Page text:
'Get to know the person you're caring for': Behaviour resource consultant Mary Anne Johnston passionate about client-centered continuing care
For behaviour resource consultant Mary Anne Johnston of Pictou County, a simple mantra of “find out what they like and give it to them” helps her provide clients with compassionate care.
Johnston began her career as a nurse and diligently worked to become the director of support planning at Riverview Home Corporation in Stellarton. Years later, she came across a job opening for a behaviour resource consultant,
“It was interesting how I ended up in this position,” said Johnston. “I saw a job posting with the title ‘putting the pieces together’ and I was intrigued because I’ve always loved jigsaw puzzles.”
“My background is in mental health and applied behaviour analysis,” she explained. “When I learned more about behaviour resource consultants, I knew that it would be a good fit for me.”
In her current role, Johnston spends her days providing support to NSHA’s continuing care coordination team, home care agencies and long-term care facilities who serve older adults with cognitive impairment, mental health issues, addictions and other neurological conditions.
Whether conducting case-based consultations with acute care to ease transition from hospital to long-term care, or facilitating education sessions for home care providers, she draws on the strengths of care partners, coaching them to better understand the needs of the person in order to provide better care.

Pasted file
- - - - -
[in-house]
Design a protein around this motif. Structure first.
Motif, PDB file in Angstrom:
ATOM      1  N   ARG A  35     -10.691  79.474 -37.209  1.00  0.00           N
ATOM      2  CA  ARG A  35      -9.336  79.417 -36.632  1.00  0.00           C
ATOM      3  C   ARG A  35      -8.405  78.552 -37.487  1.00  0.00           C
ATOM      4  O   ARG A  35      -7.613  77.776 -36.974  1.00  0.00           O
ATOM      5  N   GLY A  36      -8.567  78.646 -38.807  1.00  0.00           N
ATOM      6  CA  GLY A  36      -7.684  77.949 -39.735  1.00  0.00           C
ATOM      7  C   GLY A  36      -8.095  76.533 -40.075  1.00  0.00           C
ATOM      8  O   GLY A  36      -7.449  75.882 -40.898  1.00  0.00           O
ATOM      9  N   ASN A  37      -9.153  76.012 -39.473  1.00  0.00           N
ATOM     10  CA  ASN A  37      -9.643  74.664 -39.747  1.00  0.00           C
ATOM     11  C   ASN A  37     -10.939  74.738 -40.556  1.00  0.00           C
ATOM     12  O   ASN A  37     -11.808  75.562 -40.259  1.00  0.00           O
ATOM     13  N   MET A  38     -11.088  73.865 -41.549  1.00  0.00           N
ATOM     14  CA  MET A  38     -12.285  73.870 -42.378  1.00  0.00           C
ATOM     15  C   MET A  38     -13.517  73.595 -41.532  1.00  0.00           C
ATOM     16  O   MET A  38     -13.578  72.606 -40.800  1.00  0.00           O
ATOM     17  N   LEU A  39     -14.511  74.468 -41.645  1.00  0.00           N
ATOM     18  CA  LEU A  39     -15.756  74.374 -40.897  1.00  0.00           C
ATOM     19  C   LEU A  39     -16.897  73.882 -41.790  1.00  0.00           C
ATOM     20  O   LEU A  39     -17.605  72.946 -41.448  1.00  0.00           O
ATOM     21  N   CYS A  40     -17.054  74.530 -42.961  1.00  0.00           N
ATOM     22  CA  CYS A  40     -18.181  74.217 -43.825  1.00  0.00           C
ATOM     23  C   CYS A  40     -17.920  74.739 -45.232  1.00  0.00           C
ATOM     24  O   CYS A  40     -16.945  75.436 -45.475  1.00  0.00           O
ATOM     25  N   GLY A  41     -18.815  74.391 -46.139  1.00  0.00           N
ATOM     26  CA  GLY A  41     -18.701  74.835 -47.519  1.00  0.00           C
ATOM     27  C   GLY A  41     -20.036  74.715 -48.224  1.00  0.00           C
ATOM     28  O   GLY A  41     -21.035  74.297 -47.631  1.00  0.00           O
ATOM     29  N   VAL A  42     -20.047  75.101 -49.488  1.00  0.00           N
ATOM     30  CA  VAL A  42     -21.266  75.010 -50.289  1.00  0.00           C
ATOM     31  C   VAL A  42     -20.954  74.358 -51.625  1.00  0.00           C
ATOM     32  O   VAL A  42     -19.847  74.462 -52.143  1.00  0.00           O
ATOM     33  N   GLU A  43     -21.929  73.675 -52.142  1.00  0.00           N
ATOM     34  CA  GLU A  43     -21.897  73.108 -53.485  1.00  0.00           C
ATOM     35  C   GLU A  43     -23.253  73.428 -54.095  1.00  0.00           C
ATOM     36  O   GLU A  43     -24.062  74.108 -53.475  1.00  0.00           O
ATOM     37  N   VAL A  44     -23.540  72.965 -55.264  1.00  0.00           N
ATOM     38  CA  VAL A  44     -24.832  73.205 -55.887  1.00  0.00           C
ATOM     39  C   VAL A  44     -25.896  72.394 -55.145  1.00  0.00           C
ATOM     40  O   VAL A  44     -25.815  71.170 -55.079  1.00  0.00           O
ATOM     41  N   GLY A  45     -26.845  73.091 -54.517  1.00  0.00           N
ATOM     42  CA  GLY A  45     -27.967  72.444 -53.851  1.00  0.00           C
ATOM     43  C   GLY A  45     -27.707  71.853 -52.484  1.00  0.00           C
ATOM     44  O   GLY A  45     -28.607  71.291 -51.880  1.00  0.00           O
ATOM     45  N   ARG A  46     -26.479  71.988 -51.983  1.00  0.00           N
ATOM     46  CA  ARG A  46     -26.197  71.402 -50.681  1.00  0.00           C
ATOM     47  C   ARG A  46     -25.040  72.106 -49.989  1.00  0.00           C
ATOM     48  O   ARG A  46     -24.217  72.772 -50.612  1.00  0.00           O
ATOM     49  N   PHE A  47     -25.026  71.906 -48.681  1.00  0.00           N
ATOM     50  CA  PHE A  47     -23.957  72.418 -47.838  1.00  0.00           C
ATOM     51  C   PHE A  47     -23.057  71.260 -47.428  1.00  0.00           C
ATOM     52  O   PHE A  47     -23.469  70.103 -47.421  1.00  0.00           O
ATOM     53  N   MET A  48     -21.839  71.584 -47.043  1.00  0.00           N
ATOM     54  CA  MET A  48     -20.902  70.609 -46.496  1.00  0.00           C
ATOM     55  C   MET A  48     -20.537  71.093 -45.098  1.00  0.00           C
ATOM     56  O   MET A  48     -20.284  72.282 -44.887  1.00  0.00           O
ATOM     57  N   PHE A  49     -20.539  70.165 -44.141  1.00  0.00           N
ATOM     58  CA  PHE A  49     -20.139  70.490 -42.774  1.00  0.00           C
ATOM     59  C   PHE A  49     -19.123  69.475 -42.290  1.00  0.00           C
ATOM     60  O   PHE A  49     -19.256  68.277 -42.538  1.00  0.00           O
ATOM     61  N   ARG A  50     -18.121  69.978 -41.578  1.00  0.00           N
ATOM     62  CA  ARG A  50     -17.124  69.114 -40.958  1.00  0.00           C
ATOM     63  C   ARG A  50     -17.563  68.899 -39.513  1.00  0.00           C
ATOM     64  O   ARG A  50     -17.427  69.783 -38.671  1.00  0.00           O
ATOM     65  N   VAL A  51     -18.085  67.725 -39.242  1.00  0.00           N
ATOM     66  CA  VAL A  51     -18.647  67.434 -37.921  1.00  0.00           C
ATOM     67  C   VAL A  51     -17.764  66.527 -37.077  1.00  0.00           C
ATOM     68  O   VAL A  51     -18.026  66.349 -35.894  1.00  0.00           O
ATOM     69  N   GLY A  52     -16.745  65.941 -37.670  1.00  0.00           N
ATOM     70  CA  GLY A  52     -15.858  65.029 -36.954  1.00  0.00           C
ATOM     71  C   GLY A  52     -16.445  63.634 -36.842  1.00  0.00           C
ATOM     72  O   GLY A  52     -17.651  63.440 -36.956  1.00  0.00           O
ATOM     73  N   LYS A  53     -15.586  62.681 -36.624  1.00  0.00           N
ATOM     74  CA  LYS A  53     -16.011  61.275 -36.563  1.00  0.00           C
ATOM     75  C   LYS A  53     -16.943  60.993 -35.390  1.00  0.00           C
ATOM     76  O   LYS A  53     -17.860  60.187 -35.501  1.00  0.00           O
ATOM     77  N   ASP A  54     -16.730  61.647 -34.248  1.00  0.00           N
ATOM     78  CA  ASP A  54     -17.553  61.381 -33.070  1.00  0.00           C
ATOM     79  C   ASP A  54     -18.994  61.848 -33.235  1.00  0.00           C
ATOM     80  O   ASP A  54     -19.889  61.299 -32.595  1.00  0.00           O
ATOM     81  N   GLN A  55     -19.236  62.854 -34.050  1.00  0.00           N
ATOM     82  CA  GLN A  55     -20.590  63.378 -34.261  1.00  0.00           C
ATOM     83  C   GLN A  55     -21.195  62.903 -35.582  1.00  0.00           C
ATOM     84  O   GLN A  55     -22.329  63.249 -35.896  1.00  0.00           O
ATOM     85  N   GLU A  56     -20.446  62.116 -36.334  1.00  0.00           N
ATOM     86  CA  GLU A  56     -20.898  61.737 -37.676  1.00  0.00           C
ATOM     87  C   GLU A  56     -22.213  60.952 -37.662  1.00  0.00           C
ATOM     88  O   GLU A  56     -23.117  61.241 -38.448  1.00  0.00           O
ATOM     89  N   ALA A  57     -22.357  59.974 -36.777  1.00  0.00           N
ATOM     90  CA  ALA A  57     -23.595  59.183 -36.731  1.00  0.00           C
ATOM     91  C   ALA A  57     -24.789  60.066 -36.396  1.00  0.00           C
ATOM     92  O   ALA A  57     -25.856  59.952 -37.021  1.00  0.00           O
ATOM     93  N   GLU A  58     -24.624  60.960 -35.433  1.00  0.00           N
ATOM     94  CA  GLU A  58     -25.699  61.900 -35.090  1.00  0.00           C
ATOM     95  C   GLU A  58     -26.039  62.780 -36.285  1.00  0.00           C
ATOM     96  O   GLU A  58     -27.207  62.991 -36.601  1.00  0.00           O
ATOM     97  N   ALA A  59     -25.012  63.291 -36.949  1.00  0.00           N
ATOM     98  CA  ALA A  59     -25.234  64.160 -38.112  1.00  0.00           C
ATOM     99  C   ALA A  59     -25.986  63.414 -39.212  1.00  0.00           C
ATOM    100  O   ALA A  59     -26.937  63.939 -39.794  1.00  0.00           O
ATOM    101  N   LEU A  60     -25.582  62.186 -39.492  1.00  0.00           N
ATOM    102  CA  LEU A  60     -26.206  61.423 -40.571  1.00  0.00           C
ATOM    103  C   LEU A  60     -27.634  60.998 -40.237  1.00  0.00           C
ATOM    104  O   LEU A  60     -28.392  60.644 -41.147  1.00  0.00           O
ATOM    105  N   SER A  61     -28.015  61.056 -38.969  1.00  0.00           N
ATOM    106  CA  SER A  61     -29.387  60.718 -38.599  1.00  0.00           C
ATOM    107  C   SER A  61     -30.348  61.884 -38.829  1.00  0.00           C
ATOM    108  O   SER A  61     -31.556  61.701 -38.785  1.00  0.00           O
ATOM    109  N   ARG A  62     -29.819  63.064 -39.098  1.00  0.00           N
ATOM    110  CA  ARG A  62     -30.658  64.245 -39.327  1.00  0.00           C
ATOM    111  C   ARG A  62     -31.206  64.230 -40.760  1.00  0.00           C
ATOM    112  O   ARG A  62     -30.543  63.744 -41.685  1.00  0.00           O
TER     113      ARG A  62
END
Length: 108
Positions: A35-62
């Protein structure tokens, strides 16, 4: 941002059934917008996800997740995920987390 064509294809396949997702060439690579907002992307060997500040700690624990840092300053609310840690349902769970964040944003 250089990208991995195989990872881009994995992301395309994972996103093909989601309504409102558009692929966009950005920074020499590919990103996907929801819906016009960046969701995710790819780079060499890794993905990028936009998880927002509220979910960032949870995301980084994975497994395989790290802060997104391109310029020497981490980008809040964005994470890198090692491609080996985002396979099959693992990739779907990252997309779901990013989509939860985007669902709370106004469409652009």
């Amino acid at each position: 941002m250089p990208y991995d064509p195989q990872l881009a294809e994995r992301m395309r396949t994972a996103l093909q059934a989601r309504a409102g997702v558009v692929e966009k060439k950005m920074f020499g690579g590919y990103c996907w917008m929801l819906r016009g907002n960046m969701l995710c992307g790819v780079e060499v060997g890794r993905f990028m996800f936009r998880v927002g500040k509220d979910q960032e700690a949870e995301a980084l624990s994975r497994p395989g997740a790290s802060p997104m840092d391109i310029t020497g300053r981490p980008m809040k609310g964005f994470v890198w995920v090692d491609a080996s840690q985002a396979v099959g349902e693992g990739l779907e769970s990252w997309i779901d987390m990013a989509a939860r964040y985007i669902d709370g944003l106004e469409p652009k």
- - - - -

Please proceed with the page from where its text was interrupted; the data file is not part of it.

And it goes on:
“I meet a lot of people and everyone brings something new to the table. I really enjoy the collaboration with my colleagues,” she said.
After 11 years in her position, Johnston says no two days have been the same.
“All behaviour has meaning and in my role I support care teams and families in becoming behavioural detectives to figure out what that behaviour means and what the client is trying to show and tell them.”
“We have clients who have advanced stage dementia and can be fearful and confused about what is happening to them. Their reality isn’t necessarily our reality and we have to put the puzzle pieces together to help them.”
She added, “I’ve always had a very strong philosophy of client-centered care and doing what the client needs and wants. Not judging the behaviours that you are seeing and looking for the meaning behind them is important.”
“You need to get to know the person you’re caring for,” Johnston said. “They were all someone else before this illness happened to them and it’s important to have compassion.”
October is Continuing Care Month, a time to recognize the continuing care sector and the thousands of dedicated and compassionate people who have chosen this caring field of employment, and the positive difference they make in the lives of the Nova Scotians they support. To learn more about continuing care programs, please visit http://www.nshealth.ca/continuing-care.